- Drink at least 12 oz of water in the morning when you wake up before consuming anything else (yes, including coffee). We lose anywhere from 10–30 oz of water when we sleep through the night simply from breathing.
- Limit the time you spend on IG/TikTok/etc to only when you are on walks outside (or on a treadmill, something of the sort). This pairs a somewhat “unhealthy” activity with a time-limited “healthy” activity. Personally, I don’t allow myself to check my phone (even emails) until I’ve gotten out of bed and started my morning walk.
- Learn to say “no” to things that aren’t truly fulfilling your purpose. One of my mantras is a Bruce Lee quote: it is not daily increase but daily decrease, hack away the unessential. This is in both personal and professional life. For example, when I was building Mushroom Design, I had limited bandwidth (time and resources) to allocate to all sales channels, so instead of exploring retail and DTC strategy, we nixed retail (in perfect timing, given COVID’s development).
- Keep your refrigerator stocked with fresh fruit. It’s easy, requires no preparation, and is a lot better to reach for than a snack. Fruit is natural sugar balanced with excellent fiber content to ensure long-term daily energy. I’m someone that can work the whole day and forget to eat, so having everything on hand makes it a lot easier. Oh, and, for everything else — get an air fryer. It’s a life changer.
If you could start a movement that would bring the most amount of wellness to the most amount of people, what would that be?
This was #1 above, but it really is that important. Meditate for 5 minutes per day upon waking up, no matter what. And if meditating feels weird, then simply breathe — count “1, 2, 3, 4” on an inhale, and then count “1, 2, 3, 4” on an exhale. It sounds simple, yet seems impossible for many, but the reality is, you probably wake up and scroll through IG for 5 minutes every morning anyway. The impact is remarkable and noticeable in just a week.
What are your “5 Things I Wish Someone Told Me Before I Started” and why?
- Everything will take at least double the amount of time you think it will when other parties are involved, whether that’s ordering packaging for your product or getting a website live. Always, always pad your timelines.
- (Specifically for DTC brands), don’t use agencies when you’re first starting. Hire someone in-house (even if just part time) who is directly accountable to you. Unfortunately, most agencies really only pay attention to you approximately 15 minutes before their weekly check-in call with you. They’re not on your accounts monitoring daily, nor are they making swift changes for testing. It’s just wasted ad money.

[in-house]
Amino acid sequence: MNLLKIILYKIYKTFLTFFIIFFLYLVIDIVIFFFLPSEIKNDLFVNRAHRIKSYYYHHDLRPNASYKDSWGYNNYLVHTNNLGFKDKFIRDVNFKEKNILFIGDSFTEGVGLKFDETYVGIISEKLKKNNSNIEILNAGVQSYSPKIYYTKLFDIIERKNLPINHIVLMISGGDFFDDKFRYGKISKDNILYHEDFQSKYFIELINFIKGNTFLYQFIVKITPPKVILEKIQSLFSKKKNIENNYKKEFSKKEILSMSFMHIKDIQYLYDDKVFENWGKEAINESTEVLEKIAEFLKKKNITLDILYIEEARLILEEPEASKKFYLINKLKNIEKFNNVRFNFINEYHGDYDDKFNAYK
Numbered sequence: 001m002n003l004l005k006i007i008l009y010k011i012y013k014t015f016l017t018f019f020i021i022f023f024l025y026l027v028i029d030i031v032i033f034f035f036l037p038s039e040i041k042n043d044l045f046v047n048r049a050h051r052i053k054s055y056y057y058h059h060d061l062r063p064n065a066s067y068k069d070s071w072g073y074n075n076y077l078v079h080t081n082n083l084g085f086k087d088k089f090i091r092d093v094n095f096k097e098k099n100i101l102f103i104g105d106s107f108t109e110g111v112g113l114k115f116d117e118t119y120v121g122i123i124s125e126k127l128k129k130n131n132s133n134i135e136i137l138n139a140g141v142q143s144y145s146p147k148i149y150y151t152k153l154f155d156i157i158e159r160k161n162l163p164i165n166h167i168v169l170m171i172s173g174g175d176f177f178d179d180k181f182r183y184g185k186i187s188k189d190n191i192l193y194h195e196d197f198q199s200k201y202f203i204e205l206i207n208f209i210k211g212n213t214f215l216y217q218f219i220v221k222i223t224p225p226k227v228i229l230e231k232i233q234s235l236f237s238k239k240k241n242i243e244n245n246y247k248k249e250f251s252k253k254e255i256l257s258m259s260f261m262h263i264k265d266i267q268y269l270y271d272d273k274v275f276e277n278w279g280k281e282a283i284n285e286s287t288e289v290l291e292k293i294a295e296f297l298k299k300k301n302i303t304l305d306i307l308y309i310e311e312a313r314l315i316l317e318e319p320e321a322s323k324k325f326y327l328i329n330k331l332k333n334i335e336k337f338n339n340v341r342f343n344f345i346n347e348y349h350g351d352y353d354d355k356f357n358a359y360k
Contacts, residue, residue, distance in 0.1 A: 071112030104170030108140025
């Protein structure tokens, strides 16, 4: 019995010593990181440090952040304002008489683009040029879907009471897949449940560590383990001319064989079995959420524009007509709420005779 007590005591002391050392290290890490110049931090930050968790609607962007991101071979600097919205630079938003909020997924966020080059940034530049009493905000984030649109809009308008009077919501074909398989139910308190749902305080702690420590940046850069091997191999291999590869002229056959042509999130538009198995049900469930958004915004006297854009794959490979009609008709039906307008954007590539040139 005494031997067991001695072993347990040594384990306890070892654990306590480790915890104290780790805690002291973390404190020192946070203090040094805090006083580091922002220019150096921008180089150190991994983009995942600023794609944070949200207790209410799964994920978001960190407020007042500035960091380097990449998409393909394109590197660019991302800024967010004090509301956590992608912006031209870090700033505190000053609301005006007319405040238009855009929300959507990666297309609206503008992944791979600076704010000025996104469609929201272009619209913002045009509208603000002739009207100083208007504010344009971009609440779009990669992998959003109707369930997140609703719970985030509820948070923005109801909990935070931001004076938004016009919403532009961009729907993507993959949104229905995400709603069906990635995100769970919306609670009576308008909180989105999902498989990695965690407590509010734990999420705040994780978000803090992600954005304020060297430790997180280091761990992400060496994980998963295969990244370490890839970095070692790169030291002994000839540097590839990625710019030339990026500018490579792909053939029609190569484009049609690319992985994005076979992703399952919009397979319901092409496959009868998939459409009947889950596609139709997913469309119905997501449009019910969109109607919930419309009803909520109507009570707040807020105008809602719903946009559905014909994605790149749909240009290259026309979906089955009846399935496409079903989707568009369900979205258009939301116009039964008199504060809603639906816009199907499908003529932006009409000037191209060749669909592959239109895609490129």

- Learn to love “no.” Learn to love hearing it and learn to love saying it. Say no unapologetically if something doesn’t inspire you, whether that’s saying no to friends going to dinner after a long day of work or saying no to yourself when you’re thinking of turning Netflix on instead of going to sleep. Learn to love the no you get from an investor you’re pitching, knowing that it’s either an opportunity for you to improve your pitch or for the better-fit investor to come along.
- Failure may feel icky, but success is uncomfortable too. It will require changing your processes, putting in more hours, changing perspectives, and even letting go of people who don’t share the vision as it grows — and that’s OK. Your comfort zone will kill you, and success is uncomfortable because it’s growth — growth is always a bit painful.
- There’s (probably) someone on Fiverr for that. Before I had a team, I always thought I had to do it all, and the only option other than that was to hire someone who was really great at things. The reality is, when you’re lean and just starting, you probably can’t afford a full-time or high-quality contractor, but you also can’t do it all. The solution is Upwork or Fiverr — you can find people who will take the job 50–75% of the way at a very low cost, and take the rest of the task to completion yourself. I recommend this for: graphics, videos, product design, presentations, and general writing.
Sustainability, veganism, mental health, and environmental changes are big topics at the moment. Which one of these causes is dearest to you, and why?
Mushroom Design was literally built on the trifecta of sustainability, mental health, and environmental change, so I’d say those 3 are the dearest. I’d say that ever since I began practicing yoga over a decade ago, I started recognizing the fact that we, as humans are in communion with this earth and all of its inhabitants; we are not upon the earth, but rather of the earth.
When you think about it, humans have been on this earth for about 6–7 million years. We’ve only been sitting, working, and living these artificially-lit boxes holding digital devices for 0.01% of our entire human history — there simply hasn’t been enough time for our brains to evolve at the speed of technology to adapt (nor can, at this rate, the earth keep up with the waste we’re producing).
Couple that with the massive increase in mental health disorders that have been heightened by the recent pandemic, it’s increasingly clear that we need to create a better model for living on this planet. It can certainly seem daunting, but it’s little steps that add up, from reducing carbon output to simply becoming a kinder person through introspective practices. When you are better able to show up for yourself, you’re able to be better for others.
What is the best way for our readers to further follow your work online?
Thank you for these fantastic insights! We wish you continued success and good health.